Images of clogged arteries make patients more likely to take action

Images of clogged arteries make patients more likely to take action


Patients who are shown a picture of their clogged arteries are more likely to take action to fight heart problems, study finds

  • Patients don’t use prevention methods enough, say Swedish researchers
  • Those shown a photo of their arteries in a study of over 3000 people decreased their risk of cardiovascular disease a year after, compared to those who weren’t
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Showing patients a picture of their clogged arteries drives them to take action to improve their heart health, a study has found.

Images that showed patients the build-up of plaque in their arteries (atherosclerosis) decreased their risk of heart disease one year later.

This was compared to patients who were not shown the hard-hitting images, whose risk actually increased. 

Experts warn it is notoriously difficult to encourage patients at high risk of heart disease to change their lifestyles and take medication. 

However, this new method of showing the extent of the problem could lead to better compliance. 

Showing patients a picture of their clogged arteries drives them to take action to improve their heart health, a new Swedish study on over 3000 people has found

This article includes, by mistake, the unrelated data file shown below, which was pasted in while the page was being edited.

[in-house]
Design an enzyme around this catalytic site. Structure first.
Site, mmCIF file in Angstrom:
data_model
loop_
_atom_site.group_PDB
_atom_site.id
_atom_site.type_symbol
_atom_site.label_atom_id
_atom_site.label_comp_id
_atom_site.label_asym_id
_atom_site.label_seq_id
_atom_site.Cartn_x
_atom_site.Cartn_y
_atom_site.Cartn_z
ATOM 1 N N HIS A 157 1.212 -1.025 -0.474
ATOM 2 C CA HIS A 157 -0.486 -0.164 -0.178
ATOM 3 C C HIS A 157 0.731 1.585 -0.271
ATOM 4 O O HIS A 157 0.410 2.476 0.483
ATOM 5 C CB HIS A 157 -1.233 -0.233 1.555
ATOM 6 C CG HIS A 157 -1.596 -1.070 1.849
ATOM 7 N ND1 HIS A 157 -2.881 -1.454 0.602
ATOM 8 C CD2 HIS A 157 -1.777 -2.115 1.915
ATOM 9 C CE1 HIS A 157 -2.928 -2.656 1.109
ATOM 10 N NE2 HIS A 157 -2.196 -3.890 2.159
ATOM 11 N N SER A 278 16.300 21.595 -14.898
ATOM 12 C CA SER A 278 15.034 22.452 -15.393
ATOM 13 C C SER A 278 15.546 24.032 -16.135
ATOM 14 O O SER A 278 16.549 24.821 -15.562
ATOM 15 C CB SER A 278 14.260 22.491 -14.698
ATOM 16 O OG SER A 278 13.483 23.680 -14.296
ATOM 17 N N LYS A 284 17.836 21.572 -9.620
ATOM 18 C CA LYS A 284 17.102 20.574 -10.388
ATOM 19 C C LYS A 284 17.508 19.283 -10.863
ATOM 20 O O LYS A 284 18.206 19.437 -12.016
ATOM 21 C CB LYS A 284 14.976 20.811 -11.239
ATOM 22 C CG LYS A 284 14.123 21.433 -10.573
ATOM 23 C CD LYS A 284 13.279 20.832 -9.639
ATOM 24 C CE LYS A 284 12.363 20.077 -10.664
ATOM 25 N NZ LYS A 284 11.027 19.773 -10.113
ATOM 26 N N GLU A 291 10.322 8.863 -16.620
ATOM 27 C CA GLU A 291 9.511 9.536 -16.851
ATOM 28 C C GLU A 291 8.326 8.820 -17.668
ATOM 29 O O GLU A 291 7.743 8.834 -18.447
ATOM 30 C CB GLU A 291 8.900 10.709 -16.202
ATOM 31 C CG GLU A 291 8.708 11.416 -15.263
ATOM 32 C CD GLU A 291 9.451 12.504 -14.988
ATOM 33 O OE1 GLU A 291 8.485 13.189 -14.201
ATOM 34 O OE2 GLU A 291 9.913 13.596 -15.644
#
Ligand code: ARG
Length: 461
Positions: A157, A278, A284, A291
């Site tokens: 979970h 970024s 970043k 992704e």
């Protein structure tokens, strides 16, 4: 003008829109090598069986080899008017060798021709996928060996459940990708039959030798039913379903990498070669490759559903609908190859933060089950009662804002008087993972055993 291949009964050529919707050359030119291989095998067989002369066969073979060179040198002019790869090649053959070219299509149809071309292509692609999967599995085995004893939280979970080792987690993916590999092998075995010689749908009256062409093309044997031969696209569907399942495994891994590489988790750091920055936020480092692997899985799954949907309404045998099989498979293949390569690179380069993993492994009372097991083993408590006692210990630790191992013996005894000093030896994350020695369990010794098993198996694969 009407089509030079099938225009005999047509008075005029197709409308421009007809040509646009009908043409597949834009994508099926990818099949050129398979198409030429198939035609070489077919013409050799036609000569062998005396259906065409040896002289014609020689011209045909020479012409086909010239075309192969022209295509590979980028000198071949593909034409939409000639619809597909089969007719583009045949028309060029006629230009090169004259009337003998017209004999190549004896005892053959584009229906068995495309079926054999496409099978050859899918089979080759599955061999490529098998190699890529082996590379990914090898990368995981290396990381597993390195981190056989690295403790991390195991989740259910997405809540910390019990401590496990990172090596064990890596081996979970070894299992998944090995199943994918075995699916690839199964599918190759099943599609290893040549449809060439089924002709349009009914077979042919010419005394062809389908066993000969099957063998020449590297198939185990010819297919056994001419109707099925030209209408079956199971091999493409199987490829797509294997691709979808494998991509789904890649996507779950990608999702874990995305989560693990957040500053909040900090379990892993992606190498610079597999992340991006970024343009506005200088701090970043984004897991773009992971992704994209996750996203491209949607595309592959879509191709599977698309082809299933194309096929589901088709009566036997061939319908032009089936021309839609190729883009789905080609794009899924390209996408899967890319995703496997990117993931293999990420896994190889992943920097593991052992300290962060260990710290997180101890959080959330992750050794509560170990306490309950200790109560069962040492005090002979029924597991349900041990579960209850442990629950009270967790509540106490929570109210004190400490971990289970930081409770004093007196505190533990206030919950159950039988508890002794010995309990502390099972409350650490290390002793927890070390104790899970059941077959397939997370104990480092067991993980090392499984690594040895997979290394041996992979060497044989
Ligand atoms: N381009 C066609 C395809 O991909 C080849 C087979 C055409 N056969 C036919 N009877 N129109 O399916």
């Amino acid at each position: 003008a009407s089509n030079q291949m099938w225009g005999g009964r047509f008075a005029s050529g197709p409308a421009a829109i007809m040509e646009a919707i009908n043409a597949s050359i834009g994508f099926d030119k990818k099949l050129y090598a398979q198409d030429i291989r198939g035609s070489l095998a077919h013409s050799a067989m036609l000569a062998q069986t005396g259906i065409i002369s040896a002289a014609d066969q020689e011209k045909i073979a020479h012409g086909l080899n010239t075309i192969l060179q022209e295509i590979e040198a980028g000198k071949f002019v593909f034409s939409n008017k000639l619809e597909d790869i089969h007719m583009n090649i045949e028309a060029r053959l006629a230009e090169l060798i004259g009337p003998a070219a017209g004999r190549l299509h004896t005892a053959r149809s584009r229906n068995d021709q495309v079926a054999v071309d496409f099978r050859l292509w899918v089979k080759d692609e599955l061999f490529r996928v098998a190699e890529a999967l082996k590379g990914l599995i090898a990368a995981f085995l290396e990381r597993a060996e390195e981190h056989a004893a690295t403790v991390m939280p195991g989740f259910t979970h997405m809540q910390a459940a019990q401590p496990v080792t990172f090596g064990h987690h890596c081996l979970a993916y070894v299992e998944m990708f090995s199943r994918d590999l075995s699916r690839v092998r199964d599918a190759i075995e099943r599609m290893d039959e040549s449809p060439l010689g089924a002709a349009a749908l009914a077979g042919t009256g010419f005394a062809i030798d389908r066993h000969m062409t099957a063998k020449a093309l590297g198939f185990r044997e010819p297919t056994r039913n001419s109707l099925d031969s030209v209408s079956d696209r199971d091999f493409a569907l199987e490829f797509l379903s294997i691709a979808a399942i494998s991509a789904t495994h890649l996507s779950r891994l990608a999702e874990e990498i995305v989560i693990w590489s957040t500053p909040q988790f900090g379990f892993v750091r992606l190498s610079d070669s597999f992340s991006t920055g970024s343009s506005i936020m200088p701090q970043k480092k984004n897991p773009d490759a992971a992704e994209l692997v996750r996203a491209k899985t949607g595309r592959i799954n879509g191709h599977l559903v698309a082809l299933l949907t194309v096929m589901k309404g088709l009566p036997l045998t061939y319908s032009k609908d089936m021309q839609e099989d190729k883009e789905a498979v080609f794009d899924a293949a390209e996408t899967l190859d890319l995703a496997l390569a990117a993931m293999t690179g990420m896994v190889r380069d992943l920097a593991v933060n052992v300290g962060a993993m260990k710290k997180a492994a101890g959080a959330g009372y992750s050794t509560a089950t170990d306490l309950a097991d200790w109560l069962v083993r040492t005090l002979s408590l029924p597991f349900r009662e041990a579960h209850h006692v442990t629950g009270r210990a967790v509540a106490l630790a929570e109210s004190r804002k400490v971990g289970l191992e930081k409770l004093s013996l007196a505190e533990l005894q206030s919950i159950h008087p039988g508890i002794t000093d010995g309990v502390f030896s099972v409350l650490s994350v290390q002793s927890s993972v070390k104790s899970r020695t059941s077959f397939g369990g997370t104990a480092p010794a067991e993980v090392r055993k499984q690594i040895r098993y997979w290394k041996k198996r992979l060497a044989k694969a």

There are around seven million people living with heart and circulatory diseases in the UK, according the British Heart Foundation. The figure is closer to the 80million mark in the US.  

Study author Professor Ulf Naslund, based at Umea University in Sweden, said: ‘Cardiovascular disease is the leading cause of death in many countries.

‘And, despite a wealth of evidence about effective prevention methods from medication to lifestyle changes, adherence is low.

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‘Information alone rarely leads to behaviour change and people’s recall of advice regarding exercise and diet is poorer than advice about medicines. 

‘Risk scores are widely used but they might be too abstract and therefore fail to stimulate appropriate behaviours.’

Atherosclerosis is a potentially serious condition where arteries become clogged with fatty substances called plaques.

These plaques cause the arteries to harden and narrow, restricting the blood flow and oxygen supply to vital organs.

As a result, the condition increases the risk of blood clots that could potentially block the flow of blood to the heart or brain.

It can lead to a number of serious cardiovasulcar conditions such as coronary heart disease, angina, heart attacks and strokes.

The risk of these diseases can be reduced by making lifestyle changes, such as quitting smoking and exercising, or taking preventative medication. 

However, low adherence to medication and lifestyle changes mean that these types of prevention efforts often fail.

The study was done on more than 3,000 people aged between 40 and 60 from Sweden who had a risk of cardiovascular disease. 

All participants underwent vascular ultrasound investigation to produce an image of the arteries.